Tag Archives: Tapestry weaving

Committment to the Creative Spirit

I’ve known for a while now that when I start to feel negative about one area of my life, it will usually spiral downwards into other parts.  I often start off not feeling all that great about: a. the work I’m producing, or b. the work I’m not producing.  I  consider myself a pretty optimistic person 90% of the time, but I’m most definitely my own worst critic, and it seems that the only person whose kind words can get me out of this mess is, well… me.

I was in this funk just the other day, facing a deadline at midnight for a scholarship application to take a workshop at Penland this summer.  My college professors had written me glowing letters of recommendation, I had spent countless hours on my essay, and all I had left to do was to add a few more images of my artwork and then hit “submit”.  I was almost finished with the thing a couple of weeks ago, but I suddenly became completely absorbed in playing the piano, writing music, practicing scales and arpeggios, and feeling for the first time in my life that I actually might be really good at this whole music thing!  I’ve been playing off and on for almost 20 years, so this isn’t exactly a new passion, but it is a new sense of confidence for me.

As I dedicated myself to perfecting my playing of Ave Maria and writing my first original piece, I had naturally kind of forgotten all about the scholarship.  My lack of enthusiasm for my latest weaving coupled with my focus on music left me wondering, “Why bother? I never seem to stick with anything so why bother seriously pursuing one thing over another?”

“But then again, why bother playing piano?  I hate performing, so no one is ever going to hear me play at Carnegie Hall any time soon, nor am I going to start making an album.  In fact, I live at home with my parents, I work at a grocery store, blah blah blah…”  You see what I mean about this downward spiral?  Once I start on one thing it’s only a matter of time before all the other aspects of my life get dragged in for a harsh and unrealistic beating.  “Why bother being an artist if you can never be renowned?  Why bother being a pianist if no one will ever hear you play?  Why bother making tons of needle felted wizards that no one will ever buy because you put them in a shoebox under your bed and wont sell them on Etsy?”

Why bother making art or music if I’m never going to be seen or heard? Because what else am I going to do to add interest and beauty and substance to my day to day existence?

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Seriously, what else is going to give me the same sense of fulfillment and satisfaction and creative expansion and growth and joy and hope and self-expression that music and art give me?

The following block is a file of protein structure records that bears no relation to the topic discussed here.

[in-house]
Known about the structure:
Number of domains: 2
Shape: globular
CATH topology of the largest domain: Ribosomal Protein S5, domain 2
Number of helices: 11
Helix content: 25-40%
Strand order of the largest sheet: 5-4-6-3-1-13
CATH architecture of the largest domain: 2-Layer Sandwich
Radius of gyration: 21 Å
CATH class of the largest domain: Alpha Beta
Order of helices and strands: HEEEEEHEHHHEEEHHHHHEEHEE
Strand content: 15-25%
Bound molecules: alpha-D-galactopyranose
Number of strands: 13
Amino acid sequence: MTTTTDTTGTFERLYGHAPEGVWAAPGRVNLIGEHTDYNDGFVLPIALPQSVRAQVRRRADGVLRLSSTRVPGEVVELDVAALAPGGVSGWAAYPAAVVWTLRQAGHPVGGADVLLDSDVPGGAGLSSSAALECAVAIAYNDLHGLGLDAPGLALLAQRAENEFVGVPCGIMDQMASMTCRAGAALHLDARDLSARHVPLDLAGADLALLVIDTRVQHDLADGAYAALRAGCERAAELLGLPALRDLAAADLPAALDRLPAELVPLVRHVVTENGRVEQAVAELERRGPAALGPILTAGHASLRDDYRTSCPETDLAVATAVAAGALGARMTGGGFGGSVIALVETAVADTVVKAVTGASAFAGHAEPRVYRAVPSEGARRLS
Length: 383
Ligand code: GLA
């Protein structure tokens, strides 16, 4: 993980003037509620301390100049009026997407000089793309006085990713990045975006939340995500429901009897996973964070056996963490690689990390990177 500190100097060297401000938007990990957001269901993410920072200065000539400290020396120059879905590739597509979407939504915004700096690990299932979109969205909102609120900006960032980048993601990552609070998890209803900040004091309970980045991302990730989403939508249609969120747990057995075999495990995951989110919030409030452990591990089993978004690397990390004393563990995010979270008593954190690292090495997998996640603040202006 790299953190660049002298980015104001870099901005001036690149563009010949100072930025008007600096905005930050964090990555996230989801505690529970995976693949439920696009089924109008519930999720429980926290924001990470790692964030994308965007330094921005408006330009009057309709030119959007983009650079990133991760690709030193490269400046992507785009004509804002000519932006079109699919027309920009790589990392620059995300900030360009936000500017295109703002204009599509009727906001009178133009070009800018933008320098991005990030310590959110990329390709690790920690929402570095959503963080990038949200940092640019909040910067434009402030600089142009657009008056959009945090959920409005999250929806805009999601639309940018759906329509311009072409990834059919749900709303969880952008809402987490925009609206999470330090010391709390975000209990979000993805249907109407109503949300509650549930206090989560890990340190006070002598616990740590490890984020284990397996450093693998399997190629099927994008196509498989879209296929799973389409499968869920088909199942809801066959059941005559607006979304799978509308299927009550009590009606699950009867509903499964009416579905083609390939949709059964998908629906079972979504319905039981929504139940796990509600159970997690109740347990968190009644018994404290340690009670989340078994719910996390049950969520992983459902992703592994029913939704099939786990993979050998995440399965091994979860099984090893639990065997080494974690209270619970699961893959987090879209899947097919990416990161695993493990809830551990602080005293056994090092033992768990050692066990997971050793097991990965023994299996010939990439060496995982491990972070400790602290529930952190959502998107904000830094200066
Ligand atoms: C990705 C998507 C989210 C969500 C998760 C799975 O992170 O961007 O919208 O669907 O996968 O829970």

So after mentally rolling around in this imaginary pile of stinky, negative, self-sabotaging poo all day, I sat down at the computer and I finished my application.

I wasn’t forcing myself to finish the application, but rather committing to what I had started.  I was putting the brakes on my fear and taking back the steering wheel.  When I finished uploading all of my images, it was the first time I had seen almost all of the tapestries I’ve woven in the past several years together in one place, and it was the first time I honestly reflected on how far I had come as both an artist and an individual.  I saw brilliant colors and imagination and stories.  I saw all of my growth, progress, discoveries, successes, failures, and most importantly, the emergence of my own authentic creative voice.

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While it’s kind of sad to see how harsh I can be on myself, the realization has given me a catalyst to commit to making some positive changes in my life.  I know fear and self-doubt and criticism will visit me again in the future .  But the one thing I know for certain is that I have never, and will never, give up on myself or my creativity.  Even if I don’t get accepted for this scholarship, the most important piece of this story is that I committed to my creative spirit, and that’s what really matters.

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I Love a Good Beginning

It’s true, I love a good beginning.  That feeling when you sit down with a book and after a few pages you think, “Oh, this is gonna be good.”  Or when you hear a new song and the rhythm or the harmony or the vocals hit you right in the feels.  A newly discovered walking route, adorable neighborhood, or path in the woods. When you meet the person who becomes your best friend.  A fresh start, a clean slate, when all things seem possible.

I also love the beginnings that slowly unfold.  When your not so sure about that crazy leap of faith you just took, but then you start noticing the tiny miracles that occur as the result.  The person who you never imagined would be a friend, and what a wonderful friend they turned out to be. The quickening plot, the road that delivers surprisingly stunning views, the blossoming romance, springtime.